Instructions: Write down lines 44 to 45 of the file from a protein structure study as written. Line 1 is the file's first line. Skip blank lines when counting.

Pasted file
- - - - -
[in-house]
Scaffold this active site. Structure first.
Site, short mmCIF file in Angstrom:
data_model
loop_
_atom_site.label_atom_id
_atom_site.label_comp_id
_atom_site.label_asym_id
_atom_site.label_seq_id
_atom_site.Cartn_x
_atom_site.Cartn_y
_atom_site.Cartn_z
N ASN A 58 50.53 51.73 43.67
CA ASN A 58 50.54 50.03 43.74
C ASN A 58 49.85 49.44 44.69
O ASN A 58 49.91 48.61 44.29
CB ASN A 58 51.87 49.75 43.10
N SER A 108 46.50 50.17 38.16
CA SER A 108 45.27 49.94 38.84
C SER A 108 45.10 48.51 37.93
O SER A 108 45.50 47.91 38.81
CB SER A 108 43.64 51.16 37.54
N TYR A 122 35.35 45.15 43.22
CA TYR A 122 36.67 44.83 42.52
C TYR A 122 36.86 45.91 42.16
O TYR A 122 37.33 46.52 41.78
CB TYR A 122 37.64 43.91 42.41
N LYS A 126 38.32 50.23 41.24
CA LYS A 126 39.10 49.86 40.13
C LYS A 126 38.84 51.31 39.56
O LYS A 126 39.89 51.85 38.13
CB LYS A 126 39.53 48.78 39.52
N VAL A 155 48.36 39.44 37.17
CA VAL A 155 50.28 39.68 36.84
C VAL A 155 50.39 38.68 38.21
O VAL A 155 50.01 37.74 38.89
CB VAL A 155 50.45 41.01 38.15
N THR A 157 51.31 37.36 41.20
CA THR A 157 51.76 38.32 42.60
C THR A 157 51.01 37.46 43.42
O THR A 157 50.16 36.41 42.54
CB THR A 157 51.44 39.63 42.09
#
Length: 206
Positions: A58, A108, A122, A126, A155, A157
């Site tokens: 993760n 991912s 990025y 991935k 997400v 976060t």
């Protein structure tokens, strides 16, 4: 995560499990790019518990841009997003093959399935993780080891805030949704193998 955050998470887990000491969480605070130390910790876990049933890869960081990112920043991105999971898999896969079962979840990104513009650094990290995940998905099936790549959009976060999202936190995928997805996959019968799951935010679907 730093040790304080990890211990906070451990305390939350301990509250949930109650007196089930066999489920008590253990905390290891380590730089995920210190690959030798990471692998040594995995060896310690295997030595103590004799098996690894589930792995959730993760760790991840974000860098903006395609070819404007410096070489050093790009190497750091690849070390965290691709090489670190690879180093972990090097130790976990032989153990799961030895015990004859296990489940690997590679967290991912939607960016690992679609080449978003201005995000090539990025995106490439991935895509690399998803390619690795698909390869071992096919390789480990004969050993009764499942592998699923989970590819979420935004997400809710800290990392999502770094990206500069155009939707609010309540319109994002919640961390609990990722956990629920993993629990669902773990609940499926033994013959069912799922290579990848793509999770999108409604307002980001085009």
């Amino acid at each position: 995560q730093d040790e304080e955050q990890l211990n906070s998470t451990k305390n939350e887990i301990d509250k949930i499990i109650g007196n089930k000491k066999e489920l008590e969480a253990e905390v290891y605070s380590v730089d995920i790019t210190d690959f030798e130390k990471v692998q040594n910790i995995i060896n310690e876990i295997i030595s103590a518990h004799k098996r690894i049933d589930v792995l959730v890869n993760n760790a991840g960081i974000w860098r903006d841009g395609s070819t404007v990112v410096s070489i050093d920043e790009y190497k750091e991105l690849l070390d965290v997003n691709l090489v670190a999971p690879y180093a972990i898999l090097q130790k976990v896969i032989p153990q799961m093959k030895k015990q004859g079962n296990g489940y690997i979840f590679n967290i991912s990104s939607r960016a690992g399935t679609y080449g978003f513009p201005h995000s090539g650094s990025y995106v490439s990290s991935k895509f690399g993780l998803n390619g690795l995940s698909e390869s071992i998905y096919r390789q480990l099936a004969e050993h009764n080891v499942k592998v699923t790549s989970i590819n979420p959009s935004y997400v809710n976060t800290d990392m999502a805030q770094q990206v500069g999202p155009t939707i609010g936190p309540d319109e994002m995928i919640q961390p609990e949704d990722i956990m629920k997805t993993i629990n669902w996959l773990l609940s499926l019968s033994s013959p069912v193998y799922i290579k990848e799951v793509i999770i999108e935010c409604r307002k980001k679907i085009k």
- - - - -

Length: 206
Positions: A58, A108, A122, A126, A155, A157